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teaching igcse as a non specialist

Discussion in 'Science' started by Shudson830, Jul 17, 2017.

  1. Shudson830

    Shudson830 New commenter

    Hi all. I am about to embark on the tricky task of teaching my year 11 son, IGCSE Physics and Chemistry as a non specialist.
    Before the uproar.....this is as a emergency home school measure. It is not a decision taken lightly. I am a very experienced secondary teacher, ( all be it in English / DT!!) and my son is bright and picks up concepts well. He has done well in year 10 but needs to move from B to A grade.

  2. tsarina

    tsarina Occasional commenter

    Hi, I am a science tutor and have found that there are some excellent resources online. Animated videos really help with conceptual understanding but most students need to see them at least twice. Run them through all the way. Then repeat pausing the video to ask questions and explain. Then get your son to write some notes on the topic. Although note taking seems pointless when you have the revision guides and books it does seem to help make things stick, especially if you get him to write his own explanation first, and then give him the explanation from the book so he uses the correct terminology. Then get him to do past paper questions, if he is bright but only getting B's it might be because he is not used to the exam questions. One resource i use a lot is savemyexams.co.uk. When i started using it a year ago it was very cheap to subscribe, but i think the prices have gone up. It's an easy way of getting past paper questions that are sorted by topic.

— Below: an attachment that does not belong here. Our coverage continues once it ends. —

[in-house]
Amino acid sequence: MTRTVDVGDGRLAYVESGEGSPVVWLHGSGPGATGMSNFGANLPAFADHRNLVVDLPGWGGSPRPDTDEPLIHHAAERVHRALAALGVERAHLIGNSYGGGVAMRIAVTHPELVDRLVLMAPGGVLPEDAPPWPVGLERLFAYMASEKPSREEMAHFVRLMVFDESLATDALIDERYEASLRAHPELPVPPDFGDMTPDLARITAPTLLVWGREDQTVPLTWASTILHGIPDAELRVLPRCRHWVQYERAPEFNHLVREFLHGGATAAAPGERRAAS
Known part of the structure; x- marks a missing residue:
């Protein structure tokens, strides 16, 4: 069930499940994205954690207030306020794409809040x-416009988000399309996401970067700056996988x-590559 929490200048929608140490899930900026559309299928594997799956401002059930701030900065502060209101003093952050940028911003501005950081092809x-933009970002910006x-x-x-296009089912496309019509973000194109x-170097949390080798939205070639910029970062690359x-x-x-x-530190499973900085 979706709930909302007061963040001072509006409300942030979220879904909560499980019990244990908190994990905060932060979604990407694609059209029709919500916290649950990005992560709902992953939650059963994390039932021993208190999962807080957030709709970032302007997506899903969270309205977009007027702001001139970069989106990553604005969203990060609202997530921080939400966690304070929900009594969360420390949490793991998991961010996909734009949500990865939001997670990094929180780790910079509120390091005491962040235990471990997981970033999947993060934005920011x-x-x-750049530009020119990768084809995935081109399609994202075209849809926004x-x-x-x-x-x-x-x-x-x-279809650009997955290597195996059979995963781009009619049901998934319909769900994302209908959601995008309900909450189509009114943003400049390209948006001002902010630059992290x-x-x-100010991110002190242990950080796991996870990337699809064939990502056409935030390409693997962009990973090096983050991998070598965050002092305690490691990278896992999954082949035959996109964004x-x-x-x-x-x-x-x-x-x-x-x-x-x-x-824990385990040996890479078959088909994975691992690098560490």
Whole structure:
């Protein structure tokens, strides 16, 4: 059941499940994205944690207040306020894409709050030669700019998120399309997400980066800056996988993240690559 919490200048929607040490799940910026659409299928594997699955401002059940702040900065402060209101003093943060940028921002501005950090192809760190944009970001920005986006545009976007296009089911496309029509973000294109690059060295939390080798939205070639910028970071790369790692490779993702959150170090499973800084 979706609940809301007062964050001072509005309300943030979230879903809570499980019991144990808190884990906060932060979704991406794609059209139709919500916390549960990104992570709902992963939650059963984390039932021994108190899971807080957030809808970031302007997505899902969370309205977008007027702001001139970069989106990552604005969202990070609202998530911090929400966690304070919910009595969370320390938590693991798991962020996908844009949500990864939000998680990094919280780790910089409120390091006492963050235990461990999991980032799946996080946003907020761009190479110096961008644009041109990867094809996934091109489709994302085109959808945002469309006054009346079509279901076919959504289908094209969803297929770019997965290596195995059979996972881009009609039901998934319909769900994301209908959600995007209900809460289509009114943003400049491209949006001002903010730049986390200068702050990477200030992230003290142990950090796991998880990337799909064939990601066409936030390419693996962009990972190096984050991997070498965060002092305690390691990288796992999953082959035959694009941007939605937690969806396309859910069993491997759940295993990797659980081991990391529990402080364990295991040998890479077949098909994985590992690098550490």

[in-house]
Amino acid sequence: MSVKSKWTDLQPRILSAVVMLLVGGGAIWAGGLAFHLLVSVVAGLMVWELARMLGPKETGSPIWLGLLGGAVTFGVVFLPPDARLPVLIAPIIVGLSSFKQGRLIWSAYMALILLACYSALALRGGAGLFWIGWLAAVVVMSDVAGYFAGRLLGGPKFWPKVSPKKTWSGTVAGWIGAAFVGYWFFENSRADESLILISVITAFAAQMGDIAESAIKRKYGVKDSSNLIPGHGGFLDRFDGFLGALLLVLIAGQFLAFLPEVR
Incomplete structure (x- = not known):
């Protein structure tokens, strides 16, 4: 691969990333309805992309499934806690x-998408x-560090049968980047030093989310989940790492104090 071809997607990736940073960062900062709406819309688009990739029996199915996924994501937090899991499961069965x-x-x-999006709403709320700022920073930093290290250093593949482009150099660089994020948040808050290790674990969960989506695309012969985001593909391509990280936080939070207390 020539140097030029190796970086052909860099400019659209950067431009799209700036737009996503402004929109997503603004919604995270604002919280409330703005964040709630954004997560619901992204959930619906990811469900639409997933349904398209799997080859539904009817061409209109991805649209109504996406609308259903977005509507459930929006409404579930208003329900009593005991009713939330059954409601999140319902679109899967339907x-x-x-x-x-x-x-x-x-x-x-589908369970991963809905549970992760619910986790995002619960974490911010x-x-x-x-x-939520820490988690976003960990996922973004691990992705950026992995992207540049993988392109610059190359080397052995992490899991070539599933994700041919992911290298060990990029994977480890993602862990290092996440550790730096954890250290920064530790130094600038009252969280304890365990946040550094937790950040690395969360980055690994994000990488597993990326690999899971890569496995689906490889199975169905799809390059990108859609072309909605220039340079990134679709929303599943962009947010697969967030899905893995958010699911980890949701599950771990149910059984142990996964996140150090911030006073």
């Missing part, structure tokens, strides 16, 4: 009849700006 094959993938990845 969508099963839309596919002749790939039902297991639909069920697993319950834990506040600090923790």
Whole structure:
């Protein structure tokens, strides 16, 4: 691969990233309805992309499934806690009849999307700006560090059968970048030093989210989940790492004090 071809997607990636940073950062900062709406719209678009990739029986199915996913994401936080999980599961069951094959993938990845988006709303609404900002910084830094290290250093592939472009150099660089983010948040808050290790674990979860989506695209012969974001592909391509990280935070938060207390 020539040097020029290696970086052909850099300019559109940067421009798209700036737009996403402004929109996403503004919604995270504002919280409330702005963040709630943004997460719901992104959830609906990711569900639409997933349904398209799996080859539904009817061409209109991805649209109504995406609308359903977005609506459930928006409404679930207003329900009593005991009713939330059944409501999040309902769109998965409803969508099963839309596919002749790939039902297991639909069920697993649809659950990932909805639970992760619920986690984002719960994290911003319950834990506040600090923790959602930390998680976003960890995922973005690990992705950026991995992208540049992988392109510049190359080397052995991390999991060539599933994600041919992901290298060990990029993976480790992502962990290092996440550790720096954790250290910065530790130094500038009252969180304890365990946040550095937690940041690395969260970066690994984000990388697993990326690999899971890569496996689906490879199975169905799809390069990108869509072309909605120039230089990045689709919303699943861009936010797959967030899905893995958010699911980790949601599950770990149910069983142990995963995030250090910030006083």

good luck
  3. phlogiston

    phlogiston Star commenter

    Download the specification and some exam papers.
    Get a good text and revision guide. CGP also do a handy work book.
    Break down the spec. into chunks.
    Get your son to work through end of chapter questions and CGP workbook pages. Then give him exam questions and see how he's done.
    You're probably doing all of this already.
    I would then consider getting a tutor who can cover the bits you and your son find difficult. If you're lucky you may find someone who can work on an ad hoc basis, although many tutors do like more regular sessions. Key thing with a tutor is to tell them what you need help with - as a science tutor I can guess what the difficult bits are, but it's useful to be able to plan in advance.
  4. bobthechemist

    bobthechemist New commenter

    Chemistry website to use is knockhardy GCSE as it provides excellent PowerPoint presentations for free. Also as mentioned lots of past papers.

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